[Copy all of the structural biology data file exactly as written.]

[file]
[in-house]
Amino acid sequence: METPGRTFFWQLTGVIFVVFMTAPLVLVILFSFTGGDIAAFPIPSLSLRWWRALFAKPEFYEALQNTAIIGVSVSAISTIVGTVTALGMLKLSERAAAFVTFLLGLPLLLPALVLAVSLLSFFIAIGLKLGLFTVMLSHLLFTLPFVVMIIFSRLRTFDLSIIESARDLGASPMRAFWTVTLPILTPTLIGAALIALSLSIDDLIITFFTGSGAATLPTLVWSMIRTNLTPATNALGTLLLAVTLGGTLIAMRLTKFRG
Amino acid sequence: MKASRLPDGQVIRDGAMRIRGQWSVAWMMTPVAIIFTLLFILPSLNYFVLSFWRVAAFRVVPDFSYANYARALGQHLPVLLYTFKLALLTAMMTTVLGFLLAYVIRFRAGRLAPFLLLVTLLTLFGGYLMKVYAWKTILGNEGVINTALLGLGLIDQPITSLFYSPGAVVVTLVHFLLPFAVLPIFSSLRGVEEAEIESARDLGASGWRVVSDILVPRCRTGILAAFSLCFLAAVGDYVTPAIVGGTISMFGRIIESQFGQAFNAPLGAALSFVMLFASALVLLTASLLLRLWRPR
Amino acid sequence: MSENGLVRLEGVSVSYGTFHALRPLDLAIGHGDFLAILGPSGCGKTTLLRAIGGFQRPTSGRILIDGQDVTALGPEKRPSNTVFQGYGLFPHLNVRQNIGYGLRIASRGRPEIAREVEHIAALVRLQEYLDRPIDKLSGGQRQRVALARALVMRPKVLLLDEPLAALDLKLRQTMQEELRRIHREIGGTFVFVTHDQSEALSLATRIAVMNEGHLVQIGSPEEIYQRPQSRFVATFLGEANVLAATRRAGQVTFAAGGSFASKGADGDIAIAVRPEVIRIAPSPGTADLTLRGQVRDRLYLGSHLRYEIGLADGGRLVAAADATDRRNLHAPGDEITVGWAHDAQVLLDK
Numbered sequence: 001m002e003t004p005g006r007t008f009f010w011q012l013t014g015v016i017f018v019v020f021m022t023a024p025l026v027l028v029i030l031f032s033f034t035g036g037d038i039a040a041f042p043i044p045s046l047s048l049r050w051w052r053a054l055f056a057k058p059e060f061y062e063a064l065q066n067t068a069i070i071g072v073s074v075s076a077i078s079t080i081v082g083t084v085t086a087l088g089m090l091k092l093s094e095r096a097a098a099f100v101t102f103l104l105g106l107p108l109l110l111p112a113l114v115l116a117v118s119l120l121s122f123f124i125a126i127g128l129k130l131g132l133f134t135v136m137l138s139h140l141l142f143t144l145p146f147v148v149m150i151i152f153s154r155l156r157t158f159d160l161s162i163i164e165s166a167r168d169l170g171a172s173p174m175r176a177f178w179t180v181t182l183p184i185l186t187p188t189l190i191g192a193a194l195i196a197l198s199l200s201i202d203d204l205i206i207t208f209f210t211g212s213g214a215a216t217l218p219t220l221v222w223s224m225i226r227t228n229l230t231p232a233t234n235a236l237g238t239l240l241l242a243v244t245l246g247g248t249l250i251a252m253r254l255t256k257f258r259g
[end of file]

[in-house]
Amino acid sequence: METPGRTFFWQLTGVIFVVFMTAPLVLVILFSFTGGDIAAFPIPSLSLRWWRALFAKPEFYEALQNTAIIGVSVSAISTIVGTVTALGMLKLSERAAAFVTFLLGLPLLLPALVLAVSLLSFFIAIGLKLGLFTVMLSHLLFTLPFVVMIIFSRLRTFDLSIIESARDLGASPMRAFWTVTLPILTPTLIGAALIALSLSIDDLIITFFTGSGAATLPTLVWSMIRTNLTPATNALGTLLLAVTLGGTLIAMRLTKFRG
Amino acid sequence: MKASRLPDGQVIRDGAMRIRGQWSVAWMMTPVAIIFTLLFILPSLNYFVLSFWRVAAFRVVPDFSYANYARALGQHLPVLLYTFKLALLTAMMTTVLGFLLAYVIRFRAGRLAPFLLLVTLLTLFGGYLMKVYAWKTILGNEGVINTALLGLGLIDQPITSLFYSPGAVVVTLVHFLLPFAVLPIFSSLRGVEEAEIESARDLGASGWRVVSDILVPRCRTGILAAFSLCFLAAVGDYVTPAIVGGTISMFGRIIESQFGQAFNAPLGAALSFVMLFASALVLLTASLLLRLWRPR
Amino acid sequence: MSENGLVRLEGVSVSYGTFHALRPLDLAIGHGDFLAILGPSGCGKTTLLRAIGGFQRPTSGRILIDGQDVTALGPEKRPSNTVFQGYGLFPHLNVRQNIGYGLRIASRGRPEIAREVEHIAALVRLQEYLDRPIDKLSGGQRQRVALARALVMRPKVLLLDEPLAALDLKLRQTMQEELRRIHREIGGTFVFVTHDQSEALSLATRIAVMNEGHLVQIGSPEEIYQRPQSRFVATFLGEANVLAATRRAGQVTFAAGGSFASKGADGDIAIAVRPEVIRIAPSPGTADLTLRGQVRDRLYLGSHLRYEIGLADGGRLVAAADATDRRNLHAPGDEITVGWAHDAQVLLDK
Numbered sequence: 001m002e003t004p005g006r007t008f009f010w011q012l013t014g015v016i017f018v019v020f021m022t023a024p025l026v027l028v029i030l031f032s033f034t035g036g037d038i039a040a041f042p043i044p045s046l047s048l049r050w051w052r053a054l055f056a057k058p059e060f061y062e063a064l065q066n067t068a069i070i071g072v073s074v075s076a077i078s079t080i081v082g083t084v085t086a087l088g089m090l091k092l093s094e095r096a097a098a099f100v101t102f103l104l105g106l107p108l109l110l111p112a113l114v115l116a117v118s119l120l121s122f123f124i125a126i127g128l129k130l131g132l133f134t135v136m137l138s139h140l141l142f143t144l145p146f147v148v149m150i151i152f153s154r155l156r157t158f159d160l161s162i163i164e165s166a167r168d169l170g171a172s173p174m175r176a177f178w179t180v181t182l183p184i185l186t187p188t189l190i191g192a193a194l195i196a197l198s199l200s201i202d203d204l205i206i207t208f209f210t211g212s213g214a215a216t217l218p219t220l221v222w223s224m225i226r227t228n229l230t231p232a233t234n235a236l237g238t239l240l241l242a243v244t245l246g247g248t249l250i251a252m253r254l255t256k257f258r259g